The United Methodist Reporter is offering the latest headlines in the RSS format.
FILM REVIEW: Clooney’s hatchet man finds his humanity Ken Lowery, Jan 15, 2010
PARAMOUNT PICTURES PHOTO
Ryan Bingham (George Clooney) unwinds with fellow career traveler Alex (Vera Farmiga) in Jason Reitman’s Up in the Air.
By Ken Lowery Staff Writer
There are men and women just like Ryan Bingham haunting airports all over America. In a society that so strongly values the homestead, they stand apart: professional travelers comfortable in the airport-hotel-rental car limbo that so many of us try to avoid.
They are people who find themselves comfortable anywhere except the place they have the key to (as opposed to a hotel’s magnetic card). They know the airlines, the car rental places and the “local flavor” restaurants in every major and minor hub in the United States.
Bingham (played with world-weary charm by George Clooney) is a professional hatchet man whose company hires him out to lay off people all over the country. But he is not a cruel man. Though his patter is memorized and his faint words of inspiration are scripted, Bingham nonetheless feels some minor piece of the pain of every person he fires.
As well he should: Part of Bingham’s job is to absorb his assignment’s anger and despair so their employers don’t have to. Here is a stranger who walks into their lives, utterly devastates them and then walks out, never to be seen again. So it’s not surprising that many of them ask, “Who do you think you are?”
It’s a good question, and one Bingham finds himself unable to answer throughout most of the film. He’s a man of frequently used charm and little-known depth who is a non-entity to his siblings. He loathes the 40-odd days he spends at home and considers accumulating 10 million miles as his ultimate goal in life.
His “what’s in your back pack?” motivational seminars, about lightening as much of your emotional luggage as you can, begin to ring hollow even to him. Even his on-again, off-again tryst with the spicy, thorny fellow traveler Alex (Vera Farmiga, The Departed) is sporadic and often business-like. For a man like Bingham, a kindred spirit is someone he doesn’t mind seeing only every now and again.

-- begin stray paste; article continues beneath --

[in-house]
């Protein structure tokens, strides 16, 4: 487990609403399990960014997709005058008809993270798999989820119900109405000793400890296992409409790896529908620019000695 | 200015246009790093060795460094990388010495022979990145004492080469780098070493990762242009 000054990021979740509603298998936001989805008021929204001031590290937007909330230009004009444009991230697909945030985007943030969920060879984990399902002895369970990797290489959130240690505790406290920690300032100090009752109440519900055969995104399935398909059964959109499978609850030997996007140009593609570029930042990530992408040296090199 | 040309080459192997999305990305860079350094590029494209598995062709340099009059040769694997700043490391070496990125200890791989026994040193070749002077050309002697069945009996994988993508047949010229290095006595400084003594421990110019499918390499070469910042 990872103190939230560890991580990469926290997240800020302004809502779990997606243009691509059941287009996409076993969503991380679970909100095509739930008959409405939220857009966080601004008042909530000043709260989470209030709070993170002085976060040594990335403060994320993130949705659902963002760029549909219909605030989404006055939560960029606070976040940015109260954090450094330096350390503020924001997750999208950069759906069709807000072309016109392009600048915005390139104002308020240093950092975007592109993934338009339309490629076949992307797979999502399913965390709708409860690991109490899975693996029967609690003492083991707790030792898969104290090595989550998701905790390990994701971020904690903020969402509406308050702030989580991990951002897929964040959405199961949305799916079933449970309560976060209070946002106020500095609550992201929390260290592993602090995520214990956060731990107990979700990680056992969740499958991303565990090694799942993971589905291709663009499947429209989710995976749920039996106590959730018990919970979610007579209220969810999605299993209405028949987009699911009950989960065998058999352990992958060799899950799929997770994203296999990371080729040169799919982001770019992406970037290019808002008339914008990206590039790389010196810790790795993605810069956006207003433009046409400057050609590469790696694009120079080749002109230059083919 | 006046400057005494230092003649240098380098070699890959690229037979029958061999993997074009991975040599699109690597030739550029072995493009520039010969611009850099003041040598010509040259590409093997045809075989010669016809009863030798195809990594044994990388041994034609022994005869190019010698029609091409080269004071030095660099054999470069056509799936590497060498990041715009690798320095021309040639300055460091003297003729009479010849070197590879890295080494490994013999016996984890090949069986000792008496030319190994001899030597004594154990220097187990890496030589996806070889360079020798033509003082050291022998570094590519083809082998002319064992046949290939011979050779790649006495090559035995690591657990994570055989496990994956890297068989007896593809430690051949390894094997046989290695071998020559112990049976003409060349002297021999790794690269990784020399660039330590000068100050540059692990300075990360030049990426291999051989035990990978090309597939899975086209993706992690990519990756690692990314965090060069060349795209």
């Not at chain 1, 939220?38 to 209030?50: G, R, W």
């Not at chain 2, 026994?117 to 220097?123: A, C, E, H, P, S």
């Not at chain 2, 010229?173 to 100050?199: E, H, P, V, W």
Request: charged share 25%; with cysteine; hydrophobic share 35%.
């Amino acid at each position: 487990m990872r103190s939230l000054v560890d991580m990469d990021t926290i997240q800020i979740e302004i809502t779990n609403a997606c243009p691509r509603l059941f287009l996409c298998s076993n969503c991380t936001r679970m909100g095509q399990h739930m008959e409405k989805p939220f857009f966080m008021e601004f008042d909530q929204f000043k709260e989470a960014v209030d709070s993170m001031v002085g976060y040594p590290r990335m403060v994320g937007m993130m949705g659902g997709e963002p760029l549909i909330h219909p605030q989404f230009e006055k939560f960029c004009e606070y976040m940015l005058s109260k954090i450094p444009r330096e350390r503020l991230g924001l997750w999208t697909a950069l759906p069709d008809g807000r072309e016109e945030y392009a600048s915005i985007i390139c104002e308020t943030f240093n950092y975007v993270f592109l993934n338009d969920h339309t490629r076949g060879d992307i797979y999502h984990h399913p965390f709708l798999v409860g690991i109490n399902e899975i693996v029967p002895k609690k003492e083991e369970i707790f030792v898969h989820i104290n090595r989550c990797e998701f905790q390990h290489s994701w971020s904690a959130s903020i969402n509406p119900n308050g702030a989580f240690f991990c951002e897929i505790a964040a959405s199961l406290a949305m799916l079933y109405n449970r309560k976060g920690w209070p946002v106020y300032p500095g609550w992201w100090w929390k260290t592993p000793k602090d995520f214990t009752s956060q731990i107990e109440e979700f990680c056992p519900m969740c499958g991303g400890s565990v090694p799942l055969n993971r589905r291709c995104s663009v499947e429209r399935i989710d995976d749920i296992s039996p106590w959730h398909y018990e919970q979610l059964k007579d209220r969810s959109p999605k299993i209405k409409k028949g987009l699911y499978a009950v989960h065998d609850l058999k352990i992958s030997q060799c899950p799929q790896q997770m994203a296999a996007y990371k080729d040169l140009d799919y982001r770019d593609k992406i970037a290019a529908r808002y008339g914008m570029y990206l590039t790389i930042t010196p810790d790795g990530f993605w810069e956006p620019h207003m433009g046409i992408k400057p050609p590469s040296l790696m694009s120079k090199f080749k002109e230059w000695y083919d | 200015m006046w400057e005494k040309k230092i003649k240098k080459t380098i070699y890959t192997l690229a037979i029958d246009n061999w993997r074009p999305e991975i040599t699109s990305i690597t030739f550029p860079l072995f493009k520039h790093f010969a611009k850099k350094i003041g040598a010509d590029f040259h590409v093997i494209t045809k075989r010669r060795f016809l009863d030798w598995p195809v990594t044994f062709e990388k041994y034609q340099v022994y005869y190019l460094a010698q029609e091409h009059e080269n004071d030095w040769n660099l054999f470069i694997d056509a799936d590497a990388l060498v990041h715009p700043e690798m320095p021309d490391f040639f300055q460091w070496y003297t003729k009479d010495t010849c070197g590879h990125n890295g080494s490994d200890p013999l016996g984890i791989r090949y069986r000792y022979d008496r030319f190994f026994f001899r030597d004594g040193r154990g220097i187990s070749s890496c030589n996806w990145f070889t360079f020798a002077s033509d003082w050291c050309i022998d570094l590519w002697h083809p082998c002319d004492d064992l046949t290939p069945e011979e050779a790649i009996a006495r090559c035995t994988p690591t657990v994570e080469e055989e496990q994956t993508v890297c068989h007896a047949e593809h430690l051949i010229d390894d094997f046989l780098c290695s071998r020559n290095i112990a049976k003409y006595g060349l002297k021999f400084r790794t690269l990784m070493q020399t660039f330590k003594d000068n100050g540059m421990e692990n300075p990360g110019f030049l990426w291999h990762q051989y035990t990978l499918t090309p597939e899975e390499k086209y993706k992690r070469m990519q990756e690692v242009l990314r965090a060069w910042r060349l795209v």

Bingham’s comfortable life, drifting in and out of the lives of others, is disrupted by the innovation of his company’s new hire, an over-achiever named Natalie (Anna Kendrick, Twilight) just a few years out of college. Natalie thinks the best way for the company to cut corners is to ground travelers like Bingham and move to an Internet-based interface.
Bingham, still human despite it all, balks at the coldness of firing someone via computer. He asks Natalie to accompany him on a few trips to see what the job is really about.
Already we think we know the course of Up in the Air: Bingham will teach Natalie important things about face-to-face interaction, and he and Alex will eventually settle down together. But director Jason Reitman (who co-wrote the screenplay with Sheldon Turner) is a more careful observer of human behavior than that.
Mr. Reitman, son of director Ivan Reitman, previously adapted and directed Thank You For Smoking, another film about a smooth-talking businessman who finds his humanity in unexpected places. Thank You’s Nick Naylor (Aaron Eckhart) might recognize something of himself in Ryan Bingham, as both men stumble their way into better (though not necessarily more comfortable) places.
Up in the Air has already garnered serious critical attention (and a few awards from critics’circles), and looks ready to be a major contender for the Oscars. The praise and attention is warranted.
There are no excessive flourishes in Ryan, Alex or Natalie, no false word or forced emotion. There are no villains or evil forces at work, only people trapped by the lives they thought they wanted.
And there are no easy solutions or clean breaks; the protagonists don’t want them and aren’t looking for them. Up in the Air is simply a human movie, and a masterful one.